In our annual HealthLeaders 20, we profile individuals who are changing healthcare for the better. Some are longtime industry fixtures; others would clearly be considered outsiders. Some are revered; others would not win many popularity contests. All of them are playing a crucial role in making the healthcare industry better. This is the story of George Halvorson.
This profile was published in the December, 2013 issue of HealthLeaders magazine.
"I told the board that what I've been doing in healthcare, and for the past 30 years, has been a warm-up for what I need to do next."
George Halvorson says he's been preparing for this for 30 years: the next chapter of his life after his role as chairman and CEO of Kaiser Permanente.
He left his post as CEO on July 1, and steps down as chairman on Dec. 31 as head of a $55 billion annual revenue health plan and provider network with 9 million enrollees, 190,000 employees, which includes 16,000 physicians, and more than 600 medical facilities in eight states plus the District of Columbia. He will be 67 in January and, after 11 years with Kaiser Permanente, he says it's time.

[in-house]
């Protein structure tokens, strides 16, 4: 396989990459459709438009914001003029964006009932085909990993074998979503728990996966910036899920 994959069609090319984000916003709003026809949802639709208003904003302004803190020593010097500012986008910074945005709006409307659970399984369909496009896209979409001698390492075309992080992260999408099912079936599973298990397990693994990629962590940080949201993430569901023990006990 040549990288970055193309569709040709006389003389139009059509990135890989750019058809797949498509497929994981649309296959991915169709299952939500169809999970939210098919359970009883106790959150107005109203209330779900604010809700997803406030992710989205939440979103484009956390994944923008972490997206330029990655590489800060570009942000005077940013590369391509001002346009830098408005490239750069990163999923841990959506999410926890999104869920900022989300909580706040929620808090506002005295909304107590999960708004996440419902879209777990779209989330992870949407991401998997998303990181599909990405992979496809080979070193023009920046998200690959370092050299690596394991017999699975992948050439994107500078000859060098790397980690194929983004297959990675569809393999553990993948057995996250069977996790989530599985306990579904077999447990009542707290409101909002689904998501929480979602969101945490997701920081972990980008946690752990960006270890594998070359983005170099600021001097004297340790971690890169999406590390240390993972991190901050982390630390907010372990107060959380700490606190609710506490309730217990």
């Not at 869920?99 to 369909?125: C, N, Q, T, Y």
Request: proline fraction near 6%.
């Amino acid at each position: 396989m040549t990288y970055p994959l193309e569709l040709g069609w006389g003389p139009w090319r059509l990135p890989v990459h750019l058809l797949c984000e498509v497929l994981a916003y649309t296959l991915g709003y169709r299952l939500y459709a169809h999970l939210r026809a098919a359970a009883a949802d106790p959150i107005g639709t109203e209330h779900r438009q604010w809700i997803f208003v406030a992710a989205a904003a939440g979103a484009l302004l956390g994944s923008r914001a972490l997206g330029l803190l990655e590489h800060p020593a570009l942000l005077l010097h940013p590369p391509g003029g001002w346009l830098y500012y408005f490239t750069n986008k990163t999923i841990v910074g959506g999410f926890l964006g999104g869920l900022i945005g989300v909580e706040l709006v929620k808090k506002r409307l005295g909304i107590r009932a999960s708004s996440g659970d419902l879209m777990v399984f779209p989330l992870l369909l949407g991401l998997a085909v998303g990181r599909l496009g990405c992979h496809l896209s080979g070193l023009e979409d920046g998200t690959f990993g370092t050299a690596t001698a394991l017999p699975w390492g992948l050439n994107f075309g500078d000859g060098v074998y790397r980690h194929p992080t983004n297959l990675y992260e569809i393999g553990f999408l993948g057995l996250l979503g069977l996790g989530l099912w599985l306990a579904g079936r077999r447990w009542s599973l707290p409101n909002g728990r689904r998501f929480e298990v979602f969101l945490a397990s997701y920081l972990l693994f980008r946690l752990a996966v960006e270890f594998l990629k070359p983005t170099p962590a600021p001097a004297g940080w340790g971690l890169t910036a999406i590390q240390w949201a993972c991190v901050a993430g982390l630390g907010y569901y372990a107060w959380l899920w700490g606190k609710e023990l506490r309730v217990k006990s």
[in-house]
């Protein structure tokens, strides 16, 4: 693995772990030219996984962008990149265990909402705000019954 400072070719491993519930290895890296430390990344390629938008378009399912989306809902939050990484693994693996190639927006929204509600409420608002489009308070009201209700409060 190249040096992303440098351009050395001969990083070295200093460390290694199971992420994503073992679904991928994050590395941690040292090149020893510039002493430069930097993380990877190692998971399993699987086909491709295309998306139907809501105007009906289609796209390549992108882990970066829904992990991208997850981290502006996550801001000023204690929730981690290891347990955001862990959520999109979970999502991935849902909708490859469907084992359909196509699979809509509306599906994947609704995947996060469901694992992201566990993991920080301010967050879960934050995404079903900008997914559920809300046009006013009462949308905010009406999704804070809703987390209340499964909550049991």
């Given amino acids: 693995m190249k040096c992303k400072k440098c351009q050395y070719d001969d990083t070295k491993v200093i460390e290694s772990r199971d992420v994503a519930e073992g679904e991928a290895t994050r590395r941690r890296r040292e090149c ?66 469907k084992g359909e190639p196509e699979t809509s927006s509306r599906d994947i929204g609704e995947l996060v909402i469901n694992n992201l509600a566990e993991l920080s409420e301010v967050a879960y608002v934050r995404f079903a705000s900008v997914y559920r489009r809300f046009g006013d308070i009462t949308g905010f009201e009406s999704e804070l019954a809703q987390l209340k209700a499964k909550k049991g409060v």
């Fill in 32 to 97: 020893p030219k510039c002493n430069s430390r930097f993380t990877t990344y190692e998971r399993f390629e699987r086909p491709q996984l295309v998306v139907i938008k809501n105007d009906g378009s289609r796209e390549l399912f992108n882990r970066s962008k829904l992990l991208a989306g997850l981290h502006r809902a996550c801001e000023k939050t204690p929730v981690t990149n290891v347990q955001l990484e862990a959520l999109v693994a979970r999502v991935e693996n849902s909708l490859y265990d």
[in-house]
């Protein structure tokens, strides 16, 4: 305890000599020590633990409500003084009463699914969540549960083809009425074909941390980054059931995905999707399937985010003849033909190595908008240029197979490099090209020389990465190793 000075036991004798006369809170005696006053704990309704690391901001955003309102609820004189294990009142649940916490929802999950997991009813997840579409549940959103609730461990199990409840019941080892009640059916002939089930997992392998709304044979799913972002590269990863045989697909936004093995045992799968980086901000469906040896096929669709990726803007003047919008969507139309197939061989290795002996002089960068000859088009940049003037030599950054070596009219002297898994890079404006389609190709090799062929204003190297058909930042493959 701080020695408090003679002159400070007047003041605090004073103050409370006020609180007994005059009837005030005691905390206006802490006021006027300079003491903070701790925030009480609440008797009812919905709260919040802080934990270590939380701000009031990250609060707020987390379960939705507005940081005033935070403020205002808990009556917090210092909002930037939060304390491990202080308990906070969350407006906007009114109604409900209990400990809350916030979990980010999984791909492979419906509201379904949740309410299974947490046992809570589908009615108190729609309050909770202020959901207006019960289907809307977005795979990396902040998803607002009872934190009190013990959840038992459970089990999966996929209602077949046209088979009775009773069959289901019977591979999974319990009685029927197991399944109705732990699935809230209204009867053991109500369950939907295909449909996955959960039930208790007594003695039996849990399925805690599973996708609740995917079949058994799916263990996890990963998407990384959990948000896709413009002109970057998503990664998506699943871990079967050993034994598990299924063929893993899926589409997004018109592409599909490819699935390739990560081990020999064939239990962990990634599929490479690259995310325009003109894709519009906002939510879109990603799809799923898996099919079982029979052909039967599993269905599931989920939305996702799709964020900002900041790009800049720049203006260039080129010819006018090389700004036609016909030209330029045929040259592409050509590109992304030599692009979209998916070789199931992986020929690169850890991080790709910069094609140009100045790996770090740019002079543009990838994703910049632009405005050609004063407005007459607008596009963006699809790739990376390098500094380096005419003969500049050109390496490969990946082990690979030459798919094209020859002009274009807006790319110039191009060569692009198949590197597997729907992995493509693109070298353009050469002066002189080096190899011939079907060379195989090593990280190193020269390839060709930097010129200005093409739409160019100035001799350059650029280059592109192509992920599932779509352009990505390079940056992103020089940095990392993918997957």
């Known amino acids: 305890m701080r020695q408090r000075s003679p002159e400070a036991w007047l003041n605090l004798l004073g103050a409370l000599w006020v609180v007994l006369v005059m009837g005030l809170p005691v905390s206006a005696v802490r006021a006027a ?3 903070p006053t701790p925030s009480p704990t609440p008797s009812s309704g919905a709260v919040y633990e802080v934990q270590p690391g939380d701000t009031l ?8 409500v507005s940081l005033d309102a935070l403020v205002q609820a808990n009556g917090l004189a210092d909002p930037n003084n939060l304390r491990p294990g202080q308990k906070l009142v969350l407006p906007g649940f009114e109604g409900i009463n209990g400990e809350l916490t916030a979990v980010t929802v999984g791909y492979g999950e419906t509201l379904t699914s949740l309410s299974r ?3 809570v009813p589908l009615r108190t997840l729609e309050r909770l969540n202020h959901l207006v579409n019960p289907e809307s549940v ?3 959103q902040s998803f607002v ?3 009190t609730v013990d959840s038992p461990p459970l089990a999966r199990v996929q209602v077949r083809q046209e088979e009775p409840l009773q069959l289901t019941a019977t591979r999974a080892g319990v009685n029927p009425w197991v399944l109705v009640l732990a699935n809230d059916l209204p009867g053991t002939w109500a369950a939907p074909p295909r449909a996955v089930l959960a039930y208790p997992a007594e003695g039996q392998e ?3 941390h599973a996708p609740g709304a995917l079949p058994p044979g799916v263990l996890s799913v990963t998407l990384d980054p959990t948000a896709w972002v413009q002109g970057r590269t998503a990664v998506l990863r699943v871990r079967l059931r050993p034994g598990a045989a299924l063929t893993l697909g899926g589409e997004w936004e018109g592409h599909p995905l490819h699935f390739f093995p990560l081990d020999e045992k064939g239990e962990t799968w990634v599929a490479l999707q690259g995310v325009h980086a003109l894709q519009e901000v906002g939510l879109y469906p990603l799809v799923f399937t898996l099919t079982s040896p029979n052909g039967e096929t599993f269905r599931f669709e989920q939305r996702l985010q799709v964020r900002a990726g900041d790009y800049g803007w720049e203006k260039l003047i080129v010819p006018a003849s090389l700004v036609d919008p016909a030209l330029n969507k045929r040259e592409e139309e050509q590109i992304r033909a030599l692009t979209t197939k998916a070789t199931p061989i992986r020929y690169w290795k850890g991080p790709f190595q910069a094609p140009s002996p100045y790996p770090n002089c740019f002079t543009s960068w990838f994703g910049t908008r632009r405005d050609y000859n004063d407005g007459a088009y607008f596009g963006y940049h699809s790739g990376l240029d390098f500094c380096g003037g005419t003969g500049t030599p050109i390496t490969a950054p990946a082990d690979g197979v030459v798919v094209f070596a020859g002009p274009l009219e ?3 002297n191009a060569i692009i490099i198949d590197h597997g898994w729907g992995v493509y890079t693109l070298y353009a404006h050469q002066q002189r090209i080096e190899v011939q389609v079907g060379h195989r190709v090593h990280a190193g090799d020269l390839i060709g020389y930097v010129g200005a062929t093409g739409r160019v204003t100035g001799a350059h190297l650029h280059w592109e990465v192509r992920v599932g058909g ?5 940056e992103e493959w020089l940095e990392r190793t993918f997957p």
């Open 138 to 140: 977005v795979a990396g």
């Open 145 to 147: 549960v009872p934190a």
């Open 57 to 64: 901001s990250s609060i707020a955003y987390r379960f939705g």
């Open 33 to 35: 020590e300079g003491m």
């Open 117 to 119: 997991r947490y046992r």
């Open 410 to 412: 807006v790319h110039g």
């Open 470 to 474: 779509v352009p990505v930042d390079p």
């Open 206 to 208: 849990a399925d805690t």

"But I'm definitely not going into retirement mode," he says.
He's chairing the First 5 California commission, which uses state tobacco tax money to give children a better educational start. He says that children with low reading levels by the third grade are 80% more likely to end up in jail at age 18, 40% more likely to get pregnant, and 60% more likely to drop out of school than children with better literacy skills.